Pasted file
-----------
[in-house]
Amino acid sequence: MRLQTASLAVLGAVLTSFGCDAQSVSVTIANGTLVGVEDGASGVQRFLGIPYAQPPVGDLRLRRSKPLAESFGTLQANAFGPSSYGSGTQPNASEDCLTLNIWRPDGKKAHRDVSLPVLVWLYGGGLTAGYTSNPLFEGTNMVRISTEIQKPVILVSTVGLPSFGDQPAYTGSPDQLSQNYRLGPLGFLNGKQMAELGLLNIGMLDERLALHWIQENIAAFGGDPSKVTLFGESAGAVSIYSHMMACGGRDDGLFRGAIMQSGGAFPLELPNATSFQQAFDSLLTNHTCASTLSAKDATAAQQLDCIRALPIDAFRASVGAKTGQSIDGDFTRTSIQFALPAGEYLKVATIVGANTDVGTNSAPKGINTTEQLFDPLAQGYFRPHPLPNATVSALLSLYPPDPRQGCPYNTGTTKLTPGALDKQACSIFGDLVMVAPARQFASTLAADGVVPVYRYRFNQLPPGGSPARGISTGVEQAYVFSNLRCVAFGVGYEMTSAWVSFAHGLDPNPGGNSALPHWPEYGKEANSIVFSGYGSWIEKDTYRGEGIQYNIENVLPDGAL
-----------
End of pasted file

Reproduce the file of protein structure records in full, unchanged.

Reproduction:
[in-house]
Amino acid sequence: MRLQTASLAVLGAVLTSFGCDAQSVSVTIANGTLVGVEDGASGVQRFLGIPYAQPPVGDLRLRRSKPLAESFGTLQANAFGPSSYGSGTQPNASEDCLTLNIWRPDGKKAHRDVSLPVLVWLYGGGLTAGYTSNPLFEGTNMVRISTEIQKPVILVSTVGLPSFGDQPAYTGSPDQLSQNYRLGPLGFLNGKQMAELGLLNIGMLDERLALHWIQENIAAFGGDPSKVTLFGESAGAVSIYSHMMACGGRDDGLFRGAIMQSGGAFPLELPNATSFQQAFDSLLTNHTCASTLSAKDATAAQQLDCIRALPIDAFRASVGAKTGQSIDGDFTRTSIQFALPAGEYLKVATIVGANTDVGTNSAPKGINTTEQLFDPLAQGYFRPHPLPNATVSALLSLYPPDPRQGCPYNTGTTKLTPGALDKQACSIFGDLVMVAPARQFASTLAADGVVPVYRYRFNQLPPGGSPARGISTGVEQAYVFSNLRCVAFGVGYEMTSAWVSFAHGLDPNPGGNSALPHWPEYGKEANSIVFSGYGSWIEKDTYRGEGIQYNIENVLPDGAL